Aunties 101 – About Us

Welcome to The Aunties – I’m Jackie. I’m the Aunty In Charge. This is my sixth year of working with women who are living or who have lived in DV.

If you’re curious about what I/we do, it is simply this. I am the interface between  a number of community organisations, and a burgeoning number of individual women, and a group of people called The Aunties.

The Aunties  primary focus is to provide the material needs for the people who use the services of those organisations, and for the women that I have as individual clients.

The organisations/people we support are: Te Rōopu O Te Whānau Te Rangimariē O Tamaki Makaūrau; The NZ Prostitute’s Collective; the emergency housing team of social workers for the Salvation Army; a youth justice worker and her clients;  the Browns Rd transitional housing project.

In March 2013,  I started helping out the refuge co-ordinator at a tiny refuge in South Auckland to get some needs met. In October 2013, after a bereavement, I sought the help of some other women and we have grown from there.

If you’re interested in reading a bit more about what I do, you can find that here. 

All of that may sound a lot, and it is. But I couldn’t do any of it, not a bit of it, without the money that people so kindly give, and the Aunties who give me not only stuff, but huge amounts of support.

The Aunties, quite simply, are the reason I get to do what I do. They provide what the women need, when I ask them to. Whether it’s a trip to the art gallery for two little girls, or $20 in the bank account to buy women chocolate, it all counts, and it’s all really important. The Aunties are this extraordinary living organism – there are around 50 hard core Aunties who are always giving stuff and money. And how do you get to be an Aunty? You give once. That’s it.

We also have a very strong kaupapa of giving with love. Meeting needs with aroha is our business. I am insistent on this. If you aren’t about giving with love, and no judgement, then this isn’t the charity for you. This community of donors has been carefully collated over the last 5 years, and I am a bit demanding, because the women we serve deserve the very best at a really vulnerable time of their lives. When people need what you have, I expect that you give without strings attached. You will be thanked, by me (I cry, quite a lot, because people’s kindness is always overwhelming to me) but you will never likely meet the people you are giving to. We are about our whānau, primarily. Their needs come first. This needs to be remembered at all times.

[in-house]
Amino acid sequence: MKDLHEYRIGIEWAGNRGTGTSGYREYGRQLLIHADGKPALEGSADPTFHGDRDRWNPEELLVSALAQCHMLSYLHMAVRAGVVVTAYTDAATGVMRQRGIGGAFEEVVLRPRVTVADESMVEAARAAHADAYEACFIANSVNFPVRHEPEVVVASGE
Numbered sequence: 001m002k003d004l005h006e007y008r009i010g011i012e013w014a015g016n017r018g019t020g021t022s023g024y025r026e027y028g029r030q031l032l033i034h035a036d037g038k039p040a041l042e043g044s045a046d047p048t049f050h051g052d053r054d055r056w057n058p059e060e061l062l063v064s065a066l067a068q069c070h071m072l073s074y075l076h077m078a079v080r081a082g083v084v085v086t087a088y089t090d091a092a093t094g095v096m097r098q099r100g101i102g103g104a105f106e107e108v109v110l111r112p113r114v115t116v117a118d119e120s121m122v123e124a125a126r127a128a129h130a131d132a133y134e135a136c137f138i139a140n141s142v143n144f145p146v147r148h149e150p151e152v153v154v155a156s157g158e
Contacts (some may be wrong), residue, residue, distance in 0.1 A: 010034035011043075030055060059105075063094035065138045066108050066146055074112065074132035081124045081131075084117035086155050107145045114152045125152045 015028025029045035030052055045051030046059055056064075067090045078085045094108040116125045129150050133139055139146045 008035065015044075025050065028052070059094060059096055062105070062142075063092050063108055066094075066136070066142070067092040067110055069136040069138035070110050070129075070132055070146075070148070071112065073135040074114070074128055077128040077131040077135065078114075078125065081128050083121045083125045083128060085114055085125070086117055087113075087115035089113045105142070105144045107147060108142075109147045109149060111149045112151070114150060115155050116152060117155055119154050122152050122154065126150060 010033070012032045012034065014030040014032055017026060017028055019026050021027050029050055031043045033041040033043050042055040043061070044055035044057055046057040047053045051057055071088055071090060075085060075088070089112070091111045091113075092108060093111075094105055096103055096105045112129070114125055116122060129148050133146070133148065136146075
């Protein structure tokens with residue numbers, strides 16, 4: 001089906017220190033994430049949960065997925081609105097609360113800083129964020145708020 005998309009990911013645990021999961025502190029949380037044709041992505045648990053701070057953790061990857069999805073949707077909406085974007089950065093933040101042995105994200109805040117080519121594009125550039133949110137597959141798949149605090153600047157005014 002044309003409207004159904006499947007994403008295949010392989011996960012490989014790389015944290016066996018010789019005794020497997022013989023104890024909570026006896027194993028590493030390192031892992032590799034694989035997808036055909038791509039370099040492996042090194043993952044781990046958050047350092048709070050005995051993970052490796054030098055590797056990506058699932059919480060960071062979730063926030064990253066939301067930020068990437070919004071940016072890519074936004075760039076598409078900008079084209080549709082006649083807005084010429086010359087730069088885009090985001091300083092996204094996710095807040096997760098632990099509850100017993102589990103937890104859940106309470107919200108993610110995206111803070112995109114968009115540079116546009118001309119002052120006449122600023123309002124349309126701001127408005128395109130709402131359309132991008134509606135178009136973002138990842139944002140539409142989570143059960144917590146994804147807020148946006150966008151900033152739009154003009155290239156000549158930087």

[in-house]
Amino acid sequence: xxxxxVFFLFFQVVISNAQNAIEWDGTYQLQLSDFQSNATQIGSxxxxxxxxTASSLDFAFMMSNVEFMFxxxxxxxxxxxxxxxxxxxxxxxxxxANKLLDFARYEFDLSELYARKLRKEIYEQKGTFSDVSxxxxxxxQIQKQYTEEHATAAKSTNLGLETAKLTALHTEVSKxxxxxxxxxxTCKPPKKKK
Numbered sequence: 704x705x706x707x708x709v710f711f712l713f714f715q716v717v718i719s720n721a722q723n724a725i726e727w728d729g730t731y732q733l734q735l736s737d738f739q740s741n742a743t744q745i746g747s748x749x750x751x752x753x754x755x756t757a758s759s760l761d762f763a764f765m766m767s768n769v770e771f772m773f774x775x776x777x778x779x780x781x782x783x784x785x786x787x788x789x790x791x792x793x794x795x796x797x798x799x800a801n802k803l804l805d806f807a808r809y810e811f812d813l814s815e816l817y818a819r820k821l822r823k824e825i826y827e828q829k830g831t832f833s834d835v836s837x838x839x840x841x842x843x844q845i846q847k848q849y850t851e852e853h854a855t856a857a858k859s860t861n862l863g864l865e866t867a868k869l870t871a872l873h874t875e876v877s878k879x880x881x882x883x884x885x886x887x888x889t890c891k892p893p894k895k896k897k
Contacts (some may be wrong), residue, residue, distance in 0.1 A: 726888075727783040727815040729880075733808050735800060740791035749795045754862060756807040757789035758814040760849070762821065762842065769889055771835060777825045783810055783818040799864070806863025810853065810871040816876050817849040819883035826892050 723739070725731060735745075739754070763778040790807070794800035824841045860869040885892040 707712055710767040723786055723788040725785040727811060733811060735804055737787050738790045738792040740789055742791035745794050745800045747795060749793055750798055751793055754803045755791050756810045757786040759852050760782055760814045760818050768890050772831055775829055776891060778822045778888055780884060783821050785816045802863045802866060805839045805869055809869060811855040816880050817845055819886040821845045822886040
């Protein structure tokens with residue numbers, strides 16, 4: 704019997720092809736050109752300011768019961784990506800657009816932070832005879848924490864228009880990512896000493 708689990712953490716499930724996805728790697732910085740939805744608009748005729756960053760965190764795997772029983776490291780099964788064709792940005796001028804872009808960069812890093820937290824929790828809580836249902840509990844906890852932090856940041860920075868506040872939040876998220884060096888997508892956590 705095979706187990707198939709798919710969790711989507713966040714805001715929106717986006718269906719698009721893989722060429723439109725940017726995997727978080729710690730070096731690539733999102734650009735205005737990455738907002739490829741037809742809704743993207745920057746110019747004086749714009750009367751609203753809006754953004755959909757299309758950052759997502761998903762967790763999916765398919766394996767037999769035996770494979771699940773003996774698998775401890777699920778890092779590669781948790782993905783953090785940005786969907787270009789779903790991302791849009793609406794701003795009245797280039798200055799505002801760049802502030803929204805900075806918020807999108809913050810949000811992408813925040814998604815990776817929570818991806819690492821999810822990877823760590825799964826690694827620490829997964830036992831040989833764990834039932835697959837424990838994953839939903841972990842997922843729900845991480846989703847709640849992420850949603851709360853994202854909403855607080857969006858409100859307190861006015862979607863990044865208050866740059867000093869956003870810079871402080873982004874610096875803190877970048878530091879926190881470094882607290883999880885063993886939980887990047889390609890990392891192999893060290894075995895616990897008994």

And the women you are giving to feel your love. I assure you of this. When people are given crap, and not what they need, they feel like crap. And when they feel like crap already, I believe that the poor quality of what’s been given to them compounds their pain, and does them more damage. I’ve seen it. And I’ve also seen -see it every day – the restorative and healing power of things that are given with heart, care, and thoughtfulness.

I am also ably supported by the Board of our Trust.  We’ve had a Board for around a year – these are all people I have hand picked for the skills and life experience. They are: our chairperson Michele A’Court, our secretary Julie, our treasurer Phil, and board members Paul, Moeroa, Sabrina, and Jackson (and me).

If you think you can provide anything on this list, send me an email and we’ll take it from there. The process for donations works like this: You contact me, I put you on my list and that list goes, every Friday, to Jay and Donna who will pick up your donations over the weekend. From there, they take your donations to our storage unit.

The storage unit is in Wiri, and is tidied on a very regular basis. When women need something, they contact me, or their social workers or agencies contact me, and I either pick them up and take them to the storage unit or they meet me there. Once there, they get to pick and choose what they need/want – by and large, this is towels/bedding/clothes for them and their children – and I encourage them to take as much as they possibly can. (Otherwise the unit would overflow and it wouldn’t work for anyone). While we’re there is when the really important work starts. We talk, and laugh, and sometimes we cry. We talk about our lives, about our pain, and everything in between.

This is the main reason that the Aunties stands out in this field – we cater for women’s specific needs, and they get what they need/want when they need/want it. Including lots of love, if that’s what they’re after.

This is a grass roots effort to support a burgeoning number of people, and to meet their needs. I am available for public speaking.  I have spoken to schools, Probus groups, retired folk, a Lion’s Club, and am booked this year to speak at a Humanist’s Conference.

All fees go to the Aunties bank account.


We thank you for your compassion and care.


The Aunties is a registered charitable trust.

Our registration number is: CC54387



You can contact me  @whaeapower on Twitter


Or come and check out our Facebook page!